The International Journal of Mycobacteriology

CASE REPORT
Year
: 2022  |  Volume : 11  |  Issue : 2  |  Page : 208--210

Tuberculosis verrucous cutis mimicking chromoblastomycosis: A case report and diagnostic challenges


Kiki Septiafni, Raden Pamudji, R Rusmawardiana, Fifa Argentina 
 Department of Dermatology and Venereology, Medical Faculty of Sriwijaya University/Dr. Mohammad Hoesin General Hospital, Palembang, Indonesia

Correspondence Address:
Kiki Septiafni
Department of Dermatology and Venereology, Medical Faculty of Sriwijaya University/Dr. Mohammad Hoesin General Hospital, Jendral Sudirman Street KM 3, 5 Palembang
Indonesia

Abstract

Tuberculosis verrucous cutis (TBVc) is a skin infection caused by M. tuberculosis, characterized by the presence of a solitaire verrucous plaque but may present as a varies of different clinical morphologies on the finger and or feet. The diagnosis is often late because of its mimicking other diseases with different etiology. Bacterial culture examination is negative because there are few pathogens in the lesion. Meanwhile, other diagnostic methods provide lower sensitivity and specificity which add further diagnostic challenges. We presented one case report of TBVc mimicking chromoblastomycosis. A 26-year-old man complain a multiple papule-plaque verrucose on the dorsum of the right foot and extending to all of fingers for 2 years ago. The first lesion appears as a small papule verrucous then progressively to form plaque with curst yellow-red and central healing. Examination of bacterial culture with Ziehl–Neelsen stain and GeneXpert did not find M. tuberculosis but could not rule out the diagnosis of TBVc. The diagnosis was established based on the correlation of clinical manifestations and dermoscopy with histopathological examination. To date, there is no gold standard for TBVc testing. Correlation analysis of clinical manifestations, dermoscopy, and histopathology can be considered to establish the diagnosis of TBVc, especially if the culture is negative and the limitations of polymerase chain reaction tools.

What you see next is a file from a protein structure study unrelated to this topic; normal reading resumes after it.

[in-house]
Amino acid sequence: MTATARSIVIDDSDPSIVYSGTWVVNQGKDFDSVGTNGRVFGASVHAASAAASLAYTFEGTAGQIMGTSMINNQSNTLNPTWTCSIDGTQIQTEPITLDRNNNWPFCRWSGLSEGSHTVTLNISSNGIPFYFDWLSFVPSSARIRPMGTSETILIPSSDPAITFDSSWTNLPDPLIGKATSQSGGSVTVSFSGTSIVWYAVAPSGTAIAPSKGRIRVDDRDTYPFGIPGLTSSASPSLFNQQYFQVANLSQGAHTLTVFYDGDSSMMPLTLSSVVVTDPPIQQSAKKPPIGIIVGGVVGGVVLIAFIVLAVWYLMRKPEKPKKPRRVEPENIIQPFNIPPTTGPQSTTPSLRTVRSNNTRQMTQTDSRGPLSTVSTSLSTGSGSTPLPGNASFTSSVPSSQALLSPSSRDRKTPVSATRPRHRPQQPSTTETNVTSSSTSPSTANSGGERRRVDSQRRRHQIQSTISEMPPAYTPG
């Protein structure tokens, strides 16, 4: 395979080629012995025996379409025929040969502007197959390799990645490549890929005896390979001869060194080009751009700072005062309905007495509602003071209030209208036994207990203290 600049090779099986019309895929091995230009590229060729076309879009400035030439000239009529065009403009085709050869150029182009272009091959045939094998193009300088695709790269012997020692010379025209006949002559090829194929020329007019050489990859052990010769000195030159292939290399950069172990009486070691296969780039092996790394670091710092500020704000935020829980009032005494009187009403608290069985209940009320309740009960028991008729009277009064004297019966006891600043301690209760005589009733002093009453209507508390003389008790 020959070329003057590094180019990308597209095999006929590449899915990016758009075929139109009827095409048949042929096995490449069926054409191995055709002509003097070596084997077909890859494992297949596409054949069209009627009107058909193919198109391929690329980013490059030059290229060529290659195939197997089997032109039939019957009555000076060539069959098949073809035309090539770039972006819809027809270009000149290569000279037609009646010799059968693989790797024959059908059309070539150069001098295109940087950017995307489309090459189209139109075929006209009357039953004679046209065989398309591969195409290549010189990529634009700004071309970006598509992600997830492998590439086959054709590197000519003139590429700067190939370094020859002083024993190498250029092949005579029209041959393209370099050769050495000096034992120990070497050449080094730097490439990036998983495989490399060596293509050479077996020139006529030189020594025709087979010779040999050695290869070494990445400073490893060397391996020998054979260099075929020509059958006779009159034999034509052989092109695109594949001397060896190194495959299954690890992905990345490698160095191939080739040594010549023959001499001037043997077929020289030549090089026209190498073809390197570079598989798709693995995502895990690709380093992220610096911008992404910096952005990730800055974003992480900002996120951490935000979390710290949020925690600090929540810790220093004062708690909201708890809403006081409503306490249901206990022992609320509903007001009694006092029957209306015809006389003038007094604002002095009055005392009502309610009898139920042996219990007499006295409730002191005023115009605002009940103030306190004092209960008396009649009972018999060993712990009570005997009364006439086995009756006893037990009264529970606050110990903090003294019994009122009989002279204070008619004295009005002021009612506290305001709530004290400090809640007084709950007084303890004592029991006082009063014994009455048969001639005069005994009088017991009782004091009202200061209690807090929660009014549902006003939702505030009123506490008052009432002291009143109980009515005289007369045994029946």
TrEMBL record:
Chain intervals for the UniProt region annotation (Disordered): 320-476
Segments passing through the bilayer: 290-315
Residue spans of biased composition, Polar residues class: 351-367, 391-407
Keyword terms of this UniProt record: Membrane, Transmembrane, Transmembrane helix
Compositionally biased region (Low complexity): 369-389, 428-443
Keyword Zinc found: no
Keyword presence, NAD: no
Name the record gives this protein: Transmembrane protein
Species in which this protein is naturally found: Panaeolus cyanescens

How to cite this article:
Septiafni K, Pamudji R, Rusmawardiana R, Argentina F. Tuberculosis verrucous cutis mimicking chromoblastomycosis: A case report and diagnostic challenges.Int J Mycobacteriol 2022;11:208-210


How to cite this URL:
Septiafni K, Pamudji R, Rusmawardiana R, Argentina F. Tuberculosis verrucous cutis mimicking chromoblastomycosis: A case report and diagnostic challenges. Int J Mycobacteriol [serial online] 2022 [cited 2022 Aug 11 ];11:208-210
Available from: https://www.ijmyco.org/text.asp?2022/11/2/208/347519


Full Text



 Introduction



Tuberculosis verrucosa cutis (TBVc) is a type of cutaneous tuberculosis; it appears as a result of an immunologic reaction from exogenous inoculation or reinfection reaction in individuals who have been sensitized to Mycobacterium tuberculosis. Indonesia is a tuberculosis endemic country, and TBVc cases are frequently reported.[1] The incidence of TBVc is more common in men than women, with a ratio of 2:1.[2] M. tuberculosis inoculation can occur in traumatized body parts such as hands, feet, and buttocks. Although rare, inoculation can occur while sitting or exercising through contaminated soil.[3] The clinical manifestations of TBVc vary and resemble other skin disorders, so diagnosis is often delayed.[4]

Until now, the gold standard for cutaneous TB is the culture of M. tuberculosis, but the sensitivity and specificity are low. A negative culture or staining of M. tuberculosis cannot rule out the diagnosis of cutaneous tuberculosis.[4] This leads to diagnosis requires correlation between clinical manifestations,[5] dermoscopy,[6] hitopatologic examination and bacterial examination sach as Ziel Neelsen stain, polymerase chain reaction (PCR), and culture of microbiologic.[5] The purpose of this case report is to determine the correlation of clinical manifestations, dermoscopy and histopathological examination in establishing the diagnosis of TBVc which mimicking chromoblastomycosis.

 Case Illustration